Most parents see their children every day — but don’t really see their children, says Red Deer filmmaker Angel Peterson.
Her mental image of her youngest kid was stuck at an age when the child was still “girly” and eagerly anticipated filling out into womanly proportions.
So it came as a shock when her now 14-year-old revealed, about a year ago, discomfort with having developed a woman’s body. The teenager wanted to explore being transgender.
The local mom felt blindsided at first. “I didn’t see it coming at all…”
Worried about responding poorly and potentially causing harm, Peterson quickly overcame her surprise and accepted that her teenager now wants to be called Lore and go by the pronouns they/them.
But she also worried “what if they are not really like this, and I’m doing something wrong?” She feared her compliance might also impact Lore’s future life choices.
It was a big burden to carry — until Peterson realized what’s most important: “It doesn’t matter if this (transgender identity) sticks or not. What matters is that my child feels loved and supported, regardless.”
She reasons, “I didn’t know what I was going to be like at 14, how can I expect my child to figure it out? …Don’t they always say that it’s not about the destination, it’s about the journey?”
This mother-child journey was captured in a short film that Peterson and Lore created with funding from Telus Storyhive. The Beginnings airs starting this month on the Telus Optik channel, and can also be seen on YouTube.
The light-hearted short is fictional, but based on their experience. It’s about a harried single mom (played by Peterson) who’s finally thinking about dating again, as her kid (played by Lore) becomes more of an independent adolescent.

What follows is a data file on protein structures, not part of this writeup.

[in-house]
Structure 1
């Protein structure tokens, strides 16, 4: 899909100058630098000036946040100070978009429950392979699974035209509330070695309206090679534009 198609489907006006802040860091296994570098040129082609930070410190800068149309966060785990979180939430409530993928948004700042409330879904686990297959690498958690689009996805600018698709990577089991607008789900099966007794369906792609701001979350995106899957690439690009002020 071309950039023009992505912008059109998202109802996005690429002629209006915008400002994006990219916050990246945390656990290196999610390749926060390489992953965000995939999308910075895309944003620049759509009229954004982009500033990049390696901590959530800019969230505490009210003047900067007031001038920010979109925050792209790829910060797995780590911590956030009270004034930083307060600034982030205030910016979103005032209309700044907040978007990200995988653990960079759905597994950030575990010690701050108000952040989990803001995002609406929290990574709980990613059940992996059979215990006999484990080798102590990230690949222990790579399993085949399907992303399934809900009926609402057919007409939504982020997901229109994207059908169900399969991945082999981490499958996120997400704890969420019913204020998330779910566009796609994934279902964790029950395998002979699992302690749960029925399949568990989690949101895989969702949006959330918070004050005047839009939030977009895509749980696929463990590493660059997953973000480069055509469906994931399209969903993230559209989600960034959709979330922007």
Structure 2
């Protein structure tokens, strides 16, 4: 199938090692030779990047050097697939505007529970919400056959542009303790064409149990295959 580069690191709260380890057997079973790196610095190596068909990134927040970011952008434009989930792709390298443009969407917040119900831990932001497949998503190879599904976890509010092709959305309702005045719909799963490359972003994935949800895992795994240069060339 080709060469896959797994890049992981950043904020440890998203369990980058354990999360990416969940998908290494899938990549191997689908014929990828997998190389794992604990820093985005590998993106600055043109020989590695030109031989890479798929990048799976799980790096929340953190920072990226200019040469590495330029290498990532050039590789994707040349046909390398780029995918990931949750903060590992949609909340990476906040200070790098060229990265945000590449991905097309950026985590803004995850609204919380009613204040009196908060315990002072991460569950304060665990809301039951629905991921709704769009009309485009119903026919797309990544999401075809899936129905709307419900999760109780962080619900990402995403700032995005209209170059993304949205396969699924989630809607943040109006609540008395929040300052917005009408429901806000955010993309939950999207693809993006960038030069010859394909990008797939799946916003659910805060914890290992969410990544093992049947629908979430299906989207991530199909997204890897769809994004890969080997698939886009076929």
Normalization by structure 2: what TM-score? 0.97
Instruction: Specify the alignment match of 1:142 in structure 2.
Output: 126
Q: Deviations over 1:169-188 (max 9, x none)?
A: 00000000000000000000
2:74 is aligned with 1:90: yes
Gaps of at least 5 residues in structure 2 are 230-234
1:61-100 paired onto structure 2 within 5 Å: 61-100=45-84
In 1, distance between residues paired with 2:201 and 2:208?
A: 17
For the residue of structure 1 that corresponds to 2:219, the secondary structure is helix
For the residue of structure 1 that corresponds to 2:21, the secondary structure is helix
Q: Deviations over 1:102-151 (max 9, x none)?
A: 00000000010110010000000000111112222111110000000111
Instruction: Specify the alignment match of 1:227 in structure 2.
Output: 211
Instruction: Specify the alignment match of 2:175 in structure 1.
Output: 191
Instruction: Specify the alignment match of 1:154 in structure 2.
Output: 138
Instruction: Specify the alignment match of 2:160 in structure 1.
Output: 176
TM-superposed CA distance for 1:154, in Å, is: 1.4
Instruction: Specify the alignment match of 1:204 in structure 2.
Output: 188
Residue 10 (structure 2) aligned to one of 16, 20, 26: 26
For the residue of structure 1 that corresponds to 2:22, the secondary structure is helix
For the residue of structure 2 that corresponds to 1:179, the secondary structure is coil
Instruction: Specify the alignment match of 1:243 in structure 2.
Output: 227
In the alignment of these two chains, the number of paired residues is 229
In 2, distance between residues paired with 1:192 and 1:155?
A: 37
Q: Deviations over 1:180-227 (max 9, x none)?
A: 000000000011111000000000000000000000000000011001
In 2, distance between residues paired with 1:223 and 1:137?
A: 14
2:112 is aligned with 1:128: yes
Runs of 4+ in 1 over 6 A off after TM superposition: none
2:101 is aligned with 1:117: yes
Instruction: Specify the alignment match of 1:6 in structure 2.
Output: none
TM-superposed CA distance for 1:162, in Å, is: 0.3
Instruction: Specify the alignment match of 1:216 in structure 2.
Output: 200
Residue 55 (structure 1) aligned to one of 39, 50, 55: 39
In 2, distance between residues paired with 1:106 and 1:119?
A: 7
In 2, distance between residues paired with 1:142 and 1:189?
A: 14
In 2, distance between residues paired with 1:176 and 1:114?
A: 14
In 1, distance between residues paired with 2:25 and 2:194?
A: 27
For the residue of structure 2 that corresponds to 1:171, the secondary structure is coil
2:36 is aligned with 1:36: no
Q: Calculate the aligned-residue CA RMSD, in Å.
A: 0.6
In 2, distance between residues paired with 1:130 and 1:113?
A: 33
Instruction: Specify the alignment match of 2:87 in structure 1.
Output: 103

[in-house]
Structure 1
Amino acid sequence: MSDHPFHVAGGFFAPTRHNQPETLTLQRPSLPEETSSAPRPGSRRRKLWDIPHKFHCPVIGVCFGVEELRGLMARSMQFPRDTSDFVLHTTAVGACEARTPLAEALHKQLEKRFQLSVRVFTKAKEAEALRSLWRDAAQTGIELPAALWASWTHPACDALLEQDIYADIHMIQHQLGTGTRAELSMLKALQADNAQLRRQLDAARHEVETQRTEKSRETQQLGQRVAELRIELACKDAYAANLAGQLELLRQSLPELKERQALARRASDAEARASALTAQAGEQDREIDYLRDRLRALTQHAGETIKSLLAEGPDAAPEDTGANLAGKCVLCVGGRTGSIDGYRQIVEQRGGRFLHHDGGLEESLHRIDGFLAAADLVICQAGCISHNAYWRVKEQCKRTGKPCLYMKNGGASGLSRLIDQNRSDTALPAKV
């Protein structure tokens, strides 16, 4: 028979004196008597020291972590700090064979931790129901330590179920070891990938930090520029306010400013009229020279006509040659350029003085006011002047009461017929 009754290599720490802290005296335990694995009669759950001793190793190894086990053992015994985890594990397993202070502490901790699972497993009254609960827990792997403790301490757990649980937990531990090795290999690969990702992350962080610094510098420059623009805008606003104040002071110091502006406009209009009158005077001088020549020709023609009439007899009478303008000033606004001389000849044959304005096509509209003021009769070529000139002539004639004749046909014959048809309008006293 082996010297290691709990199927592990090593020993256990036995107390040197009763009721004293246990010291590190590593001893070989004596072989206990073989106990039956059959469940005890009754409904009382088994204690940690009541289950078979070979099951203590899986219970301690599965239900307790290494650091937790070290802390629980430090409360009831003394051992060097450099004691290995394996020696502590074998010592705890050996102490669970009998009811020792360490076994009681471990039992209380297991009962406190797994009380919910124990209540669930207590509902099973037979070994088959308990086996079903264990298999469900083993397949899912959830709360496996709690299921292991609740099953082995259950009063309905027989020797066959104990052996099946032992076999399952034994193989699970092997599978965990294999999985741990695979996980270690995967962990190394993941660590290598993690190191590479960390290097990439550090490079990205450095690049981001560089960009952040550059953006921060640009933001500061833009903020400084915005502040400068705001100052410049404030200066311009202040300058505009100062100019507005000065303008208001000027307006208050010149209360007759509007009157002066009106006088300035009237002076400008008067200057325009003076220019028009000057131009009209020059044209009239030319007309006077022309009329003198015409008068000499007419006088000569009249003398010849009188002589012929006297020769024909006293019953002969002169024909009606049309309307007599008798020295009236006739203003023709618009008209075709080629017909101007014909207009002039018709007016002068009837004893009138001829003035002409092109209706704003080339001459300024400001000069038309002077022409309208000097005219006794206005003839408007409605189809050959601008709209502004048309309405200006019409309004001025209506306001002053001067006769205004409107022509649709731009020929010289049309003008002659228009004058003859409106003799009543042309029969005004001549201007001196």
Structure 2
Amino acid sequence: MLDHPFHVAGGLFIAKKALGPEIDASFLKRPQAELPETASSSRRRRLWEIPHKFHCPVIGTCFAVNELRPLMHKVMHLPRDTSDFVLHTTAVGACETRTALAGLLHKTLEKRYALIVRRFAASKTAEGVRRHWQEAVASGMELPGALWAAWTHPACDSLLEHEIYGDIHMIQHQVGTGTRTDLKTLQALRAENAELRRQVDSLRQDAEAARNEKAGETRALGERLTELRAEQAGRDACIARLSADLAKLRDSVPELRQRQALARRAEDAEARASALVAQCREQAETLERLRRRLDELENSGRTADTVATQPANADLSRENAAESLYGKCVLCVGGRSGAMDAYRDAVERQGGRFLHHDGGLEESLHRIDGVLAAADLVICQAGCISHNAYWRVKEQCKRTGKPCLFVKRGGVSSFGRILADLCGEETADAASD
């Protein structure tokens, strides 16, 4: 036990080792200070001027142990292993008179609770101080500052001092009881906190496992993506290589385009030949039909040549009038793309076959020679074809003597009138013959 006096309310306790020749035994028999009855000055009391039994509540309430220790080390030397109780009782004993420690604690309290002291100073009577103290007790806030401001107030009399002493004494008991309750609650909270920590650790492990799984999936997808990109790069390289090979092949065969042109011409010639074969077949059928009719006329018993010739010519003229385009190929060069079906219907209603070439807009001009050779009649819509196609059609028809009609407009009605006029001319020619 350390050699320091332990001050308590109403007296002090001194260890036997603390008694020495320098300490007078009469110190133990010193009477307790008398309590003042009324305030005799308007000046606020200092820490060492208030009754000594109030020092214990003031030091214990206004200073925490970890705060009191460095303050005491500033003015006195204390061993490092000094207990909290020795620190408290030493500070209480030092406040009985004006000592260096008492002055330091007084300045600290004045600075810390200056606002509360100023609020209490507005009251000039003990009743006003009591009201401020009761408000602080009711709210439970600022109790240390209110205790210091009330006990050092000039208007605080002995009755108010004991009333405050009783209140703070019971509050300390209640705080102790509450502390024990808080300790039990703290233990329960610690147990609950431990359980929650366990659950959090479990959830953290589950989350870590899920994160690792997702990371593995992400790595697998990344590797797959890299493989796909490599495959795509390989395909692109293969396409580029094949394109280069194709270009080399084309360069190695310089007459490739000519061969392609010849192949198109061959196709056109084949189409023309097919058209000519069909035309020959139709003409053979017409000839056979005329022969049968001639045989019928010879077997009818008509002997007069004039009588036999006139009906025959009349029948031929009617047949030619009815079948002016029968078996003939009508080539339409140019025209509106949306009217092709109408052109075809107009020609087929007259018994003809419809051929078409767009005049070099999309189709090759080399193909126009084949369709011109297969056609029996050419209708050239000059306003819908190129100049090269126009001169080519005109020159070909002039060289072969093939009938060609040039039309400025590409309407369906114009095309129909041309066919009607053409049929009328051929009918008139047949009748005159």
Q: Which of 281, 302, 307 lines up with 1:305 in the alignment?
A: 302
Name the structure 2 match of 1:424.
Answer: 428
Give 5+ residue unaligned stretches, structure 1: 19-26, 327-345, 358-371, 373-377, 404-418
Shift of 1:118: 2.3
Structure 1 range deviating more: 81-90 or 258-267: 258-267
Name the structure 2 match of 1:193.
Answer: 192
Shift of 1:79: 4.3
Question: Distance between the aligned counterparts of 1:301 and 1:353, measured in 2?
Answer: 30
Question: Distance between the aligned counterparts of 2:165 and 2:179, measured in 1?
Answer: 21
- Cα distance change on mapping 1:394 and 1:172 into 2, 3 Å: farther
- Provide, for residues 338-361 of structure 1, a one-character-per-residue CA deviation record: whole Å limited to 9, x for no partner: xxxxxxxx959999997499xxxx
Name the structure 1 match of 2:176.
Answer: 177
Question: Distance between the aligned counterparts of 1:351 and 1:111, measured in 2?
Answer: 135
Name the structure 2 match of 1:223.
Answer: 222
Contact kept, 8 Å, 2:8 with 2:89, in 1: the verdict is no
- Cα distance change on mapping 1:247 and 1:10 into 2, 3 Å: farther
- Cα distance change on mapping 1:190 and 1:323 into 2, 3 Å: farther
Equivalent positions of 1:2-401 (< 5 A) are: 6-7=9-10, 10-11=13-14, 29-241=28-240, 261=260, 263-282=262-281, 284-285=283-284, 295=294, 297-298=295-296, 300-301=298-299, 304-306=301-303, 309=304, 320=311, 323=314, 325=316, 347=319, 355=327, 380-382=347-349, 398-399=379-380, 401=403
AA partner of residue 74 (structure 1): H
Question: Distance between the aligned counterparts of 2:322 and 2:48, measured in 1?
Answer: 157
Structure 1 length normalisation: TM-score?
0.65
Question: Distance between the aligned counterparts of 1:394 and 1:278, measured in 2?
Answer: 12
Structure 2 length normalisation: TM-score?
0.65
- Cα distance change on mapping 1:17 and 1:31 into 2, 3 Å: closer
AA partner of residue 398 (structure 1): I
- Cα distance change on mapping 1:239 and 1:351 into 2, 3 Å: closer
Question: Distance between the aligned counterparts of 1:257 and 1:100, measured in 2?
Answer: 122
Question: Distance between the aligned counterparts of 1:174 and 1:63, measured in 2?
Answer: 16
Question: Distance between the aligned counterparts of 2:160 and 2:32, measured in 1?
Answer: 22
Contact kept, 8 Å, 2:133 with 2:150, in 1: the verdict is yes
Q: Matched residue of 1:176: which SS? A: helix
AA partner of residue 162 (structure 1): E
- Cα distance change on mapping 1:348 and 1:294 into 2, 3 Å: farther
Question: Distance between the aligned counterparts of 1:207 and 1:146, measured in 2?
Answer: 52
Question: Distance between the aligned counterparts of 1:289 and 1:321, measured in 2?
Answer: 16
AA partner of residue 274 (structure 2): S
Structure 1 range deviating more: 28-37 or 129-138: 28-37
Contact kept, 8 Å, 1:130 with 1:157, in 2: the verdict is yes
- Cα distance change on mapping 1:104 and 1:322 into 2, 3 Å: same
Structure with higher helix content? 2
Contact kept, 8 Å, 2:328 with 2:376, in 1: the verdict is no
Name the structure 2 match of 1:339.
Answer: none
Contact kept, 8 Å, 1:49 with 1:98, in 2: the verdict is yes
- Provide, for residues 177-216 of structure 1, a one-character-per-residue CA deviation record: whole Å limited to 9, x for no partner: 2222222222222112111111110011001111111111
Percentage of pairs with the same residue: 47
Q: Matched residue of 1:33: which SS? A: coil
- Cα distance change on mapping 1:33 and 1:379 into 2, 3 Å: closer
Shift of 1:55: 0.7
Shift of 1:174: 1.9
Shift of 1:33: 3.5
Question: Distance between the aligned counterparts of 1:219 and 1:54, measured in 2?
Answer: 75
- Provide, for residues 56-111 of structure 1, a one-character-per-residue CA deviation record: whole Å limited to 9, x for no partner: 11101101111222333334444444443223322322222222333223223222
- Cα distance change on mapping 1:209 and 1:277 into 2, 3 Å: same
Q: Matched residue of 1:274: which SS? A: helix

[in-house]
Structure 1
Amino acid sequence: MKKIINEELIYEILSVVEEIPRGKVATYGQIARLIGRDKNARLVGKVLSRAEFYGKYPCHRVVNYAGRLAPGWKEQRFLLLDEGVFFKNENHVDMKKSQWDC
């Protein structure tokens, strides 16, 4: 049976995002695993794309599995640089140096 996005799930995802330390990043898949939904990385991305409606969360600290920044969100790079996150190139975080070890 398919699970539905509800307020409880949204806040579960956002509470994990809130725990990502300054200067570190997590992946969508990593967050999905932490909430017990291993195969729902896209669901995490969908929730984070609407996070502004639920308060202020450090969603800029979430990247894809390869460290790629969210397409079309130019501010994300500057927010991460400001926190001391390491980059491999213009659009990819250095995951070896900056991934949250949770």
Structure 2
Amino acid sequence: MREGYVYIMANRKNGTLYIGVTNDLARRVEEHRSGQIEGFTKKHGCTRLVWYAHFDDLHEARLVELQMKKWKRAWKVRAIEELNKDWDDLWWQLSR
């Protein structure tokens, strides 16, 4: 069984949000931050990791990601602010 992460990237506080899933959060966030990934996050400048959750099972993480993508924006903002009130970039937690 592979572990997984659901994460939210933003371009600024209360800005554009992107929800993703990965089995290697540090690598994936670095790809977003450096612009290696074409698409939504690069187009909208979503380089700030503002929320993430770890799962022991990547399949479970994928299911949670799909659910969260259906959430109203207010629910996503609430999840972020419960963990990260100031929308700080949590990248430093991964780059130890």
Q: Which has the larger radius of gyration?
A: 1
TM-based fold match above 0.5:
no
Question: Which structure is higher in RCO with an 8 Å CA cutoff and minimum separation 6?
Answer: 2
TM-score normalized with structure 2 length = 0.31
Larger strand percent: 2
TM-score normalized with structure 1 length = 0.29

While the two are shown having a loving, close relationship, the mom still doesn’t really see how her child is changing.
The teenager reveals gender confusion and a desire to explore a more masculine identity.
The mother in the film first stumbles, but is ultimately supportive.
Peterson admits that gender identity is a hard subject to tackle in a 15-minute film — especially one that morphed from an initial focus on the mother character to that of the child. All of the post-production work had to be finished by Peterson, who even had to take on much of the camera work during the pandemic lockdown.
But she hopes to get across the idea that “it’s never too late to react better” — meaning that parents can always choose to become more supportive of their children, even if their initial reaction has created problems in the relationship.
“Sometimes we really screw up,” says Peterson, who feels the teen depicted in the film was emotionally neglected because the mom’s focus was on other things.
That’s easy to do in our busy lives, adds the filmmaker, who has four children that she’s largely raised as a single parent.
While Lore is now receiving some counselling, Peterson knows her own perception has forever shifted.
“I know my child is still my child — I don’t necessarily see a gender.”